[quote="bd3cc"]If the wall behind the tiles is plasterboard, and water has been penetrating then this will be useless. you need something waterproof behind the tiles[/quote]
The wal behind is solid brick, skimmed with bonding plaster I think, but not polished to allow for a better key. I assume that I would remove the tiles, allow time for wall to dry and then re-bed them?
Thanks for responding.
The plaster was most certainly not primed first. I don't remember the plasterer or tiler doing either.
The shower is a combi fed mixer shower unit pumping at mains pressure only (11 L/min - I tested this with a bucket/stopwatch) there is no shower pump
I haven't got a clue which adhesive he used.
I was told to wait 24 hours b4 showering. I followed this to the letter. I assume I should have waited longer.
Yes I certainly think he was unprofesional. He helped himself to tea and coffee from the kitchen when I popped out for more tiles. He miscalculated the amount needed. I won't be having him back again !!!
"The plaster was most certainly not primed first. I don't remember the plasterer or tiler doing either."
I wouldn't expect the plasterer to do it. It should be the tiler. Polished or unpolished it makes no difference to the tiler - but I suspect the plasterer was being plain lazy rather than having a good reason not to do it. In any event I would expect to prime a new plaster surface with APD or Primer G. Certainly NOT PVA under any, any circumstances whatsoever. If it wasn't primed then there is the first potential point of failure.
As a matter of interest how long after the plasterer finished did the tiler start? Was it just a skim or was there a bonding coat firstl? Skim over old plaster is dry enough to be tiled after 24 hours or so. Bonding plus top coat takes 4 or so weeks to dry out before tiling should be attempted.
"The shower is a combi fed mixer shower unit pumping at mains pressure only (11 L/min - I tested this with a bucket/stopwatch) there is no shower pump"
OK so its a fairly strong shower. In that case I would expect to tank the area around the shower first. I'm guessing that wasn't done either
"I haven't got a clue which adhesive he used."
My gut feel is own brand tubbed carp from one of the sheds and probably "fix and grout" as well - useless stuff. You'd probably get away with BAL Whitestar or Granfix Multifix but I would always use a bagged cement based addy. Did he mix it himself from powder or did it come out of a tub?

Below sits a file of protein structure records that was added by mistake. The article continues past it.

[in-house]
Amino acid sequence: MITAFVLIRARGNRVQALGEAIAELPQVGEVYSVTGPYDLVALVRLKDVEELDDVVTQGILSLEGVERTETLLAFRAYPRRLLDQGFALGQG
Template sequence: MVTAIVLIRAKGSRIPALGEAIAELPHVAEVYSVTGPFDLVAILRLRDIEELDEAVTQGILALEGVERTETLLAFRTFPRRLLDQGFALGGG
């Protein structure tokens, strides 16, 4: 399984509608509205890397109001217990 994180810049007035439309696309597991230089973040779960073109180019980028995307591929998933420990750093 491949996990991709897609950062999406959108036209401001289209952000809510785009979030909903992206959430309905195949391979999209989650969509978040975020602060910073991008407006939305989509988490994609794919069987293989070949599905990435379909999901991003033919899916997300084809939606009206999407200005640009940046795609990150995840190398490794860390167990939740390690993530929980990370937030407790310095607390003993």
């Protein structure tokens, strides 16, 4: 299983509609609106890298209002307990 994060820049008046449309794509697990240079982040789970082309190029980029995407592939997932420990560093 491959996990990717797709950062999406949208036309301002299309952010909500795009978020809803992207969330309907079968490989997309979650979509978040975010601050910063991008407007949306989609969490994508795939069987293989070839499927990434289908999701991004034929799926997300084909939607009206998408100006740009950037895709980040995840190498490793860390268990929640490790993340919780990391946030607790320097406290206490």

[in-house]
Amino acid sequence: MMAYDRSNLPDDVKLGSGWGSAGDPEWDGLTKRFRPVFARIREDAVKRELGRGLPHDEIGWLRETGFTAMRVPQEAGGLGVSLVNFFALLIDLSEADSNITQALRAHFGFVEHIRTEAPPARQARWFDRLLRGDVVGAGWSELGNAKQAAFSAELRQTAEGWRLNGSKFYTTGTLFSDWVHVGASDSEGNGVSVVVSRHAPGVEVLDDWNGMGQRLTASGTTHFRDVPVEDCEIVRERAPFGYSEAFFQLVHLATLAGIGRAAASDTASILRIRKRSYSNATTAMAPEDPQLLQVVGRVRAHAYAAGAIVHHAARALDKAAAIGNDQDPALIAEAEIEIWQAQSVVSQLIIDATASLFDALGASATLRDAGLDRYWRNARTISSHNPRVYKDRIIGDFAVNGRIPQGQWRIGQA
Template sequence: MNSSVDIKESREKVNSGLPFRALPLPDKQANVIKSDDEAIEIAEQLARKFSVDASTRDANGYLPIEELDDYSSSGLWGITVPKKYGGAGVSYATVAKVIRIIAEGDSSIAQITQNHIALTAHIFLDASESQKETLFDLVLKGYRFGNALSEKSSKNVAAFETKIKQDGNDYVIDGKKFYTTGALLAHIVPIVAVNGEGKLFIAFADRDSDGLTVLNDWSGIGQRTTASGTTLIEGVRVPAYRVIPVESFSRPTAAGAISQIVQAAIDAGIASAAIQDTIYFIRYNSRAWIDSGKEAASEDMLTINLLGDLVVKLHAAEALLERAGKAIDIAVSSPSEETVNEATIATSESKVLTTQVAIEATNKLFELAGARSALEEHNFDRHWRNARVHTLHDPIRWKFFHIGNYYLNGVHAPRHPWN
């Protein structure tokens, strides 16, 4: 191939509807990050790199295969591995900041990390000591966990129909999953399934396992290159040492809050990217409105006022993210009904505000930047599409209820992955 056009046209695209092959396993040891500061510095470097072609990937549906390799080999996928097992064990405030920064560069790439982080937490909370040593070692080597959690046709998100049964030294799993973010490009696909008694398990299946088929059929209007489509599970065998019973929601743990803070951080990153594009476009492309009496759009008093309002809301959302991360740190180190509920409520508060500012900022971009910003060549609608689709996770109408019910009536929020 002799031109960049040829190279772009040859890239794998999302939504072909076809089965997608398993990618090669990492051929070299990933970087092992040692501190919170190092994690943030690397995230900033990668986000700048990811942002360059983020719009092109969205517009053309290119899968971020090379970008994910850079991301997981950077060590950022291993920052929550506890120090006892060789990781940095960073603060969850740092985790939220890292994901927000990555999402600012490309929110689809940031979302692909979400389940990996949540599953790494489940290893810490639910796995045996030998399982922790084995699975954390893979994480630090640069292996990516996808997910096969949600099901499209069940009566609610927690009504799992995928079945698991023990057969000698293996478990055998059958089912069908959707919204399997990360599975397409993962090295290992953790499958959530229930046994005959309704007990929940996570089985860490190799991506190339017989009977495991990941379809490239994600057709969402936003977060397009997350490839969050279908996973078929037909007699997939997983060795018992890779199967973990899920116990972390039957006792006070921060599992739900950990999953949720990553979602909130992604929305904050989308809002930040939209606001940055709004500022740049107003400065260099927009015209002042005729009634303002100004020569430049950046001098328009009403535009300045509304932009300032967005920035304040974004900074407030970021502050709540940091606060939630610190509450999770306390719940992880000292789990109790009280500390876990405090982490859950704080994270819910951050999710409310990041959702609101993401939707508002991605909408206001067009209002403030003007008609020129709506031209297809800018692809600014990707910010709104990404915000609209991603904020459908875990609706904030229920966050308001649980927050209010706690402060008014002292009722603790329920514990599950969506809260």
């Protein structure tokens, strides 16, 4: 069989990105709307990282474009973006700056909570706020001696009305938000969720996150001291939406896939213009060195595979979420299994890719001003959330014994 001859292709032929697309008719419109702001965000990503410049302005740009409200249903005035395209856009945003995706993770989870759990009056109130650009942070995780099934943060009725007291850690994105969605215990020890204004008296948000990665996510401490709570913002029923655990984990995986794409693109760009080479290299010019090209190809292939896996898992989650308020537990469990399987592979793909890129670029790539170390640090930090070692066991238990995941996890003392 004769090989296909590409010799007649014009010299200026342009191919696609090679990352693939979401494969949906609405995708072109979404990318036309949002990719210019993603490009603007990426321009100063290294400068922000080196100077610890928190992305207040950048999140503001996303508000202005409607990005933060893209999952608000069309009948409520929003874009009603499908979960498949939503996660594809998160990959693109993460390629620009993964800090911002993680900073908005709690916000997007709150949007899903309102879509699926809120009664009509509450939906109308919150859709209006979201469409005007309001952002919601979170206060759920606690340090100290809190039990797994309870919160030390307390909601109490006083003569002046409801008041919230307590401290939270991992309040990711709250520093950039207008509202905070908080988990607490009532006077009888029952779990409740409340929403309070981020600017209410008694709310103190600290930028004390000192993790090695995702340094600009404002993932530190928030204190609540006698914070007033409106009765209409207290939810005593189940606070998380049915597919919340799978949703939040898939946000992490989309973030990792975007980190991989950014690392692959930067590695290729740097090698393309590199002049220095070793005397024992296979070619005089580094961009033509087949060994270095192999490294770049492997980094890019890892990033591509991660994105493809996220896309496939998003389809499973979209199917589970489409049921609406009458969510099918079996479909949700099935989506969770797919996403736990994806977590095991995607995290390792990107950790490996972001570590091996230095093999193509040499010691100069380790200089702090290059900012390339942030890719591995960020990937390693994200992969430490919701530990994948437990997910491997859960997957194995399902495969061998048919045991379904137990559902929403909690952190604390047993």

"I was told to wait 24 hours b4 showering. I followed this to the letter. I assume I should have waited longer."
Not necessarily. Air drying adhesives (the tubbed variety) take quite a time to go off. I wouldn't dream of grouting a tubbed adhesive in less than 24 hours after fixing tiles. Rapidset sets in 2 - 3 hours depending on the brand and can be grouted the same day. Its the grout drying time thats key in that case. BAL say 2 weeks before showering (but theres a shedload of CYA in that). I normally recommend 36 hours.
"He helped himself to tea and coffee from the kitchen when I popped out for more tiles."
Thats a bit naughty if you didn't tell him he could.
"He miscalculated the amount needed."
Theres not much excuse for that really unless he just wasted one hell of a lot. Measure it out, add 10 or 15% for wastage depending on tile dimensions and then buy an extra box for luck. It can always go back.
"I won't be having him back again !!!"
That is, of course, your prerogative.
I have a feeling that just refixing the tiles that are loose is delaying the inevitable which is to strip the area and do it again. By this I mean that if these few are coming adrift (although they have lasted 4 years) then the rest will follow at some stage.
wow, interesting thread. sorry to hear about your mishap, especially as a morning shower is one of the few times men get to themselves in peace and quiet.
my guess is that redoing the tiles that are blown is only the start of the problem.
could it be that there is leaking pipework behind the tiles in question? this would cause them to blow. are the tiles alone blowing, or coming off with the plaster and adhesive?
it really should be a case of taking them off, letting the substrate dry out thoroughly, and ideally tank it out before tiling, and then it would be with a powdered adhesive as mentioned above.
the cause undoubtedly is water, but until you take the tiles off you won't know if it is adhesive failure, plaster/substrate failure etc
DIY how to tutorial projects and guides - Did you know we have a DIY Projects section? Well, if no, then we certainly do! Within this area of our site have literally hundreds of how-to guides and tutorials that cover a huge range of home improvement tasks. Each page also comes with pictures and a video to make completing those jobs even easier!